What Are Fannie Mae and Freddie Mac?

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Fannie Mae and Freddie Mac are government-sponsored enterprises (GSEs) - shareholder-owned corporations with government charters - that play a central role in mortgage finance.

They buy home mortgages from the original lenders, repackage them as mortgage-backed securities (MBSs), and either sell them or hold them in their own investment portfolios. In 2008, Fannie and Freddie have purchased about 80% of all new home mortgages in the United States. Their combined investment portfolios held mortgage assets (loans and MBSs) valued at $1.5 trillion (as of June 30, 2008).

Over the years, the GSEs have provided strong support to the housing market. When a bank (or other lender) sells a mortgage loan to the GSEs, it receives cash to make new loans, and avoids the risks of holding a long-term asset. Without this secondary (or resale) market, in which private firms participate as well as the GSEs, lenders would have to keep loans on their own books, and mortgage credit would become more expensive and difficult to obtain.

Why Are they in the News so Often?

The turmoil in housing and credit markets that began in 2007 has put extreme financial pressure on the GSEs.  If Fannie and Freddie were purely private firms, rather than GSEs, some observers assert that they would have failed by mid-2008. A failure or default by Fannie or Freddie would have severely disrupted financial markets around the world.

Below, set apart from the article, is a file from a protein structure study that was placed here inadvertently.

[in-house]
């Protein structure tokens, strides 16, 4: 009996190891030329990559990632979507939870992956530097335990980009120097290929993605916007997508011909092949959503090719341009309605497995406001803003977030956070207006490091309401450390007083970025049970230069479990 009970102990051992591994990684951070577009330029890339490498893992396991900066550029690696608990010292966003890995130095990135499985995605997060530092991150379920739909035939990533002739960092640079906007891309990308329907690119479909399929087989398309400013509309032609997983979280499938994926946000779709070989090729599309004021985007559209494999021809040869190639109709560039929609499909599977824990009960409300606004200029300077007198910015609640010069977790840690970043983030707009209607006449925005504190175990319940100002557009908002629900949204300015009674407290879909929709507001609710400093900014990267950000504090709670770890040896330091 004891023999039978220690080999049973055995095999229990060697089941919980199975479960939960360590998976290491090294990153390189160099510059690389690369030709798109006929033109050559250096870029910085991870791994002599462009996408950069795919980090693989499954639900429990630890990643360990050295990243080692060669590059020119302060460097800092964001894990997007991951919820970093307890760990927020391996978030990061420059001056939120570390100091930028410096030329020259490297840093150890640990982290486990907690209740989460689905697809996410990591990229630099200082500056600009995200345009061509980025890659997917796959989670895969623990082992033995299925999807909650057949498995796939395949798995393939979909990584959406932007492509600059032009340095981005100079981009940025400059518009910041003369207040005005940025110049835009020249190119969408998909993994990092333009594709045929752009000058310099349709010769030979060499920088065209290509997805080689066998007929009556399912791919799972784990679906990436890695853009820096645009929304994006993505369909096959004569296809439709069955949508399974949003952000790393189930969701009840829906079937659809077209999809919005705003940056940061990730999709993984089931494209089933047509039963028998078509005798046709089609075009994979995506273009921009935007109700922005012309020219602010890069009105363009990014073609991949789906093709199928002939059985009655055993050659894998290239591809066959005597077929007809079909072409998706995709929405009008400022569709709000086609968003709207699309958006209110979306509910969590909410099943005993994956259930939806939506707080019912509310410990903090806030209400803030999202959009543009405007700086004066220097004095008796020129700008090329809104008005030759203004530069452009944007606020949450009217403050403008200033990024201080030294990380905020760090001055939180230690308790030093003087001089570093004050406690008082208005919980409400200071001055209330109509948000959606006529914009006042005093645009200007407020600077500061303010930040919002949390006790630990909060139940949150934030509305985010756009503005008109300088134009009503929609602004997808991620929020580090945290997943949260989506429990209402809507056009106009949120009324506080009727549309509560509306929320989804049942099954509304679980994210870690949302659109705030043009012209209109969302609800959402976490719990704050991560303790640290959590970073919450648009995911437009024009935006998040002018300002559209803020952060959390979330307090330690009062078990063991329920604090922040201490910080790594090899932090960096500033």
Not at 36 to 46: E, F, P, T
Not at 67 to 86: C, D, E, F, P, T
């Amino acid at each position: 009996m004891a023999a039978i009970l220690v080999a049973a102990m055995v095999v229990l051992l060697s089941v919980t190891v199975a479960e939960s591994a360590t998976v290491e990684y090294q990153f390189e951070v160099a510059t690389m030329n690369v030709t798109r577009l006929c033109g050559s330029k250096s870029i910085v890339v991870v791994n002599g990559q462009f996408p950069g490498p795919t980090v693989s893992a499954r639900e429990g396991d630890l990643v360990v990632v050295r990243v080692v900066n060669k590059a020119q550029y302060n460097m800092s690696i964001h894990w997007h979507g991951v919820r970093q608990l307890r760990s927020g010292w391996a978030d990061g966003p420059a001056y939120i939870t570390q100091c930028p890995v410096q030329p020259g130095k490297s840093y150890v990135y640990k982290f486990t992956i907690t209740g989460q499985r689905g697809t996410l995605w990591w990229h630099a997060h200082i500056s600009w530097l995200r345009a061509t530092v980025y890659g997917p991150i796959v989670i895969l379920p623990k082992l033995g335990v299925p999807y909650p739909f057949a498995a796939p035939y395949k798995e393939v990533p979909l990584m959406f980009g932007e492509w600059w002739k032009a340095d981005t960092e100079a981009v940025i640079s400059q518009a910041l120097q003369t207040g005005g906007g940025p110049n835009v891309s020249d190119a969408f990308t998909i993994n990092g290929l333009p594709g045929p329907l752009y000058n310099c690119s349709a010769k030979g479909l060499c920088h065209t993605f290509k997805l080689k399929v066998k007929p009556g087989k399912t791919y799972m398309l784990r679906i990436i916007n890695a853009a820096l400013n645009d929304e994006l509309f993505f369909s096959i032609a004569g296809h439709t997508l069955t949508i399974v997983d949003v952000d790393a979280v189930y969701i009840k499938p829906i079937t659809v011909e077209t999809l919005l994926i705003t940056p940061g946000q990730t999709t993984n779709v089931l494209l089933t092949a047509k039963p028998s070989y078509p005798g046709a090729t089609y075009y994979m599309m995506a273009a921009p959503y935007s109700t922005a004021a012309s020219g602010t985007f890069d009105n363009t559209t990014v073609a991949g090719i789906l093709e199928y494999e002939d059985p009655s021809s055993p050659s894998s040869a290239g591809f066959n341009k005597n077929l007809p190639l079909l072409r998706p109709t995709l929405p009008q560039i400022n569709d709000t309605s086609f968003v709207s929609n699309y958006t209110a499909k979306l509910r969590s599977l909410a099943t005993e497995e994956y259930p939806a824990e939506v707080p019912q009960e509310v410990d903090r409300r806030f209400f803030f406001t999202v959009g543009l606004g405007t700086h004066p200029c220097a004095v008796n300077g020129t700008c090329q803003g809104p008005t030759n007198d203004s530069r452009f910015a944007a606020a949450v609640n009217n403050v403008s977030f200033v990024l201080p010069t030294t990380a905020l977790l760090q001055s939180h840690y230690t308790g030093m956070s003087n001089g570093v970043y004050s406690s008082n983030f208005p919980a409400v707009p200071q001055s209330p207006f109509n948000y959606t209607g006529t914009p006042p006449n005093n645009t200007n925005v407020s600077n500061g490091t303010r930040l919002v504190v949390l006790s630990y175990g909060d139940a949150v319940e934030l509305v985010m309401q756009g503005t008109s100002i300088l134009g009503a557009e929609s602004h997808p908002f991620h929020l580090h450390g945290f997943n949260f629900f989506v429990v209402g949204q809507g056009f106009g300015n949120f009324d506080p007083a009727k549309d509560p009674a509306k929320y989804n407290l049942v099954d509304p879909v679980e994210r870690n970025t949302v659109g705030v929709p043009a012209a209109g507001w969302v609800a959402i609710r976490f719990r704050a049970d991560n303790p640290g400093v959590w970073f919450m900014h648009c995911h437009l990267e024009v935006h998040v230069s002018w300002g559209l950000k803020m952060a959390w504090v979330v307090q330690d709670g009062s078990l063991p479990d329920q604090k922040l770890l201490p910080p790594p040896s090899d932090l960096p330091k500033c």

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On September 7, 2008, the Federal Housing Finance Agency (FHFA) placed Fannie Mae and Freddie Mac, two government-sponsored enterprises (GSEs) that play a critical role in the U.S. home mortgage market, in conservatorship. As conservator, the FHFA has full powers to control the assets and operations of the firms. Dividends to common and preferred shareholders are suspended, but the U.S. Treasury has put in place a set of financing agreements to ensure that the GSEs continue to meet their obligations to holders of bonds that they have issued or guaranteed.

This means that the U.S. taxpayer now stands behind about $5 trillion of GSE debt. This step was taken because a default by either of the two firms, which have been battered by the downturn in housing and credit markets, could have caused severe disruptions in global financial markets, made home mortgages more difficult and expensive to obtain, and had negative repercussions throughout the economy.

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Source: state.gov
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